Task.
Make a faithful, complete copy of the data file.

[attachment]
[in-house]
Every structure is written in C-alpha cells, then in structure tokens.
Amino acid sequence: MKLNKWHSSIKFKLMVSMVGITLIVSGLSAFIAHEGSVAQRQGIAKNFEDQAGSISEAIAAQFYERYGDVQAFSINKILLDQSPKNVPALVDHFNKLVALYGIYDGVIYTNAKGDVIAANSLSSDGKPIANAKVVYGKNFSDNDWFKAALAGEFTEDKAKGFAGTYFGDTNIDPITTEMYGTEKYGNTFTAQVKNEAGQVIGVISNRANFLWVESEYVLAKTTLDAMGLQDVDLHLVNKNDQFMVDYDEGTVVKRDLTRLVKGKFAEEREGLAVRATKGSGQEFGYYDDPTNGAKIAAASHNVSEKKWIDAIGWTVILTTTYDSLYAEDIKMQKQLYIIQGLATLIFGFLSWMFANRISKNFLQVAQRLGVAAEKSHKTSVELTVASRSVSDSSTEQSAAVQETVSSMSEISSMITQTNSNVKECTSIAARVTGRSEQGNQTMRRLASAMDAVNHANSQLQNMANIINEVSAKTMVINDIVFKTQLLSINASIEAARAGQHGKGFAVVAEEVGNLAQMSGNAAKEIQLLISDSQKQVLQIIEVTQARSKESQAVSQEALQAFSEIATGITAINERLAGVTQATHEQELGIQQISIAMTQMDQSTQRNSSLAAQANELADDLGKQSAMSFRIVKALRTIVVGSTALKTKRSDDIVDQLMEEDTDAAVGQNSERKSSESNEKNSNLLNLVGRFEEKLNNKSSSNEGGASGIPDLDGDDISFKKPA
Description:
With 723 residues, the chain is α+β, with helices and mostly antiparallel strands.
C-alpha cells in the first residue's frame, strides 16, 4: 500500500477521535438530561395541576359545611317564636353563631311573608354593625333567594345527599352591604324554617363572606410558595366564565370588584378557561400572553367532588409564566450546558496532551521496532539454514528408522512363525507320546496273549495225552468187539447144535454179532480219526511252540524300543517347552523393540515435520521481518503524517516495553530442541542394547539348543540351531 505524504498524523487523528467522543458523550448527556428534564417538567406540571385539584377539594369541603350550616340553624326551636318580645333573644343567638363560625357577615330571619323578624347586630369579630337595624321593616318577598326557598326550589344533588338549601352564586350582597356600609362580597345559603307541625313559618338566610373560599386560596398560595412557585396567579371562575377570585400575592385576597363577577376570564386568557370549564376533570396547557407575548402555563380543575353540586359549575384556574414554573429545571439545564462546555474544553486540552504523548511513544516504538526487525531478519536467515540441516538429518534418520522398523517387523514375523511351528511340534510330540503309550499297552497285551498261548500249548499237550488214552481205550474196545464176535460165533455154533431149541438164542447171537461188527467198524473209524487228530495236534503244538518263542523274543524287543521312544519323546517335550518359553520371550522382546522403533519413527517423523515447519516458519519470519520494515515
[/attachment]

[in-house]
Every structure is written in C-alpha cells, then in structure tokens.
Amino acid sequence: MKLNKWHSSIKFKLMVSMVGITLIVSGLSAFIAHEGSVAQRQGIAKNFEDQAGSISEAIAAQFYERYGDVQAFSINKILLDQSPKNVPALVDHFNKLVALYGIYDGVIYTNAKGDVIAANSLSSDGKPIANAKVVYGKNFSDNDWFKAALAGEFTEDKAKGFAGTYFGDTNIDPITTEMYGTEKYGNTFTAQVKNEAGQVIGVISNRANFLWVESEYVLAKTTLDAMGLQDVDLHLVNKNDQFMVDYDEGTVVKRDLTRLVKGKFAEEREGLAVRATKGSGQEFGYYDDPTNGAKIAAASHNVSEKKWIDAIGWTVILTTTYDSLYAEDIKMQKQLYIIQGLATLIFGFLSWMFANRISKNFLQVAQRLGVAAEKSHKTSVELTVASRSVSDSSTEQSAAVQETVSSMSEISSMITQTNSNVKECTSIAARVTGRSEQGNQTMRRLASAMDAVNHANSQLQNMANIINEVSAKTMVINDIVFKTQLLSINASIEAARAGQHGKGFAVVAEEVGNLAQMSGNAAKEIQLLISDSQKQVLQIIEVTQARSKESQAVSQEALQAFSEIATGITAINERLAGVTQATHEQELGIQQISIAMTQMDQSTQRNSSLAAQANELADDLGKQSAMSFRIVKALRTIVVGSTALKTKRSDDIVDQLMEEDTDAAVGQNSERKSSESNEKNSNLLNLVGRFEEKLNNKSSSNEGGASGIPDLDGDDISFKKPA
Description:
With 723 residues, the chain is α+β, with helices and mostly antiparallel strands.
C-alpha cells in the first residue's frame, strides 16, 4: 500500500477521535438530561395541576359545611317564636353563631311573608354593625333567594345527599352591604324554617363572606410558595366564565370588584378557561400572553367532588409564566450546558496532551521496532539454514528408522512363525507320546496273549495225552468187539447144535454179532480219526511252540524300543517347552523393540515435520521481518503524517516495553530442541542394547539348543540351531 505524504498524523487523528467522543458523550448527556428534564417538567406540571385539584377539594369541603350550616340553624326551636318580645333573644343567638363560625357577615330571619323578624347586630369579630337595624321593616318577598326557598326550589344533588338549601352564586350582597356600609362580597345559603307541625313559618338566610373560599386560596398560595412557585396567579371562575377570585400575592385576597363577577376570564386568557370549564376533570396547557407575548402555563380543575353540586359549575384556574414554573429545571439545564462546555474544553486540552504523548511513544516504538526487525531478519536467515540441516538429518534418520522398523517387523514375523511351528511340534510330540503309550499297552497285551498261548500249548499237550488214552481205550474196545464176535460165533455154533431149541438164542447171537461188527467198524473209524487228530495236534503244538518263542523274543524287543521312544519323546517335550518359553520371550522382546522403533519413527517423523515447519516458519519470519520494515515